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Artifact Washing: FSC Site

Artifact Washing Process:

Small groups of 6-8 people work to help wash artifacts from the Fugitive Slave Chapel site. In the summer, 1 meter square units were excavated on the site and any materials found in that space were documented and kept together in “field bags” with attached provenience information: site number, unit coordinates, level, date, and excavator’s initials. Each bag is given a separate number for the site. Artifacts from the completed units are taken to a lab for processing.

At the Museum of Ontario Archaeology, volunteers are taking items out of the field bags to wash.

Cleaning not only helps preserve the artifact, but it reveals features and marks not visible because of dirt buildup. Ceramics, glass, and bones that are in good condition are washed with a toothbrush in a basin of plain water. No detergents or soaps are used as they can damage artifacts. If an item cannot be washed, it can be dry brushed to remove any dirt.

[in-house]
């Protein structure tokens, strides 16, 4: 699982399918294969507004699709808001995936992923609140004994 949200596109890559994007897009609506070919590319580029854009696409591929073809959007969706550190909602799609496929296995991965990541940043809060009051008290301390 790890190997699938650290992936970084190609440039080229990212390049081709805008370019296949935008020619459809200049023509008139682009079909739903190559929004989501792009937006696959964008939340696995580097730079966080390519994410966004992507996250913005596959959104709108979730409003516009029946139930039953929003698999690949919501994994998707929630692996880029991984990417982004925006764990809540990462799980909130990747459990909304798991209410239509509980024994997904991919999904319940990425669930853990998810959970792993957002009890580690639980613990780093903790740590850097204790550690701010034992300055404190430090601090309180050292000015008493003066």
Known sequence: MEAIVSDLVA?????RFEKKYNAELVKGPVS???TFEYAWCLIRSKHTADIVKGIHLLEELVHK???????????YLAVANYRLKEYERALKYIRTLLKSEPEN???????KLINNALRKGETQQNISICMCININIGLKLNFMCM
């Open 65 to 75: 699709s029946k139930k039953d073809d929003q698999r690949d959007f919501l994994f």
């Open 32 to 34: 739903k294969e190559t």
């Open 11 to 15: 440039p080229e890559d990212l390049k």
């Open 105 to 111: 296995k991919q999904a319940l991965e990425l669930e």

Artifacts are then set on newspaper to dry for at least two days to ensure no moisture will induce mold or mildew growth once they go into storage. The artifacts are kept together according to their field bags to keep context (or provenience) together during this entire process.

Once dry, artifacts are put into new archival quality bags with their provenience information. They are then ready for cataloguing and research.

Learn more: Visit MOA’s new temporary exhibit: Winter Archaeology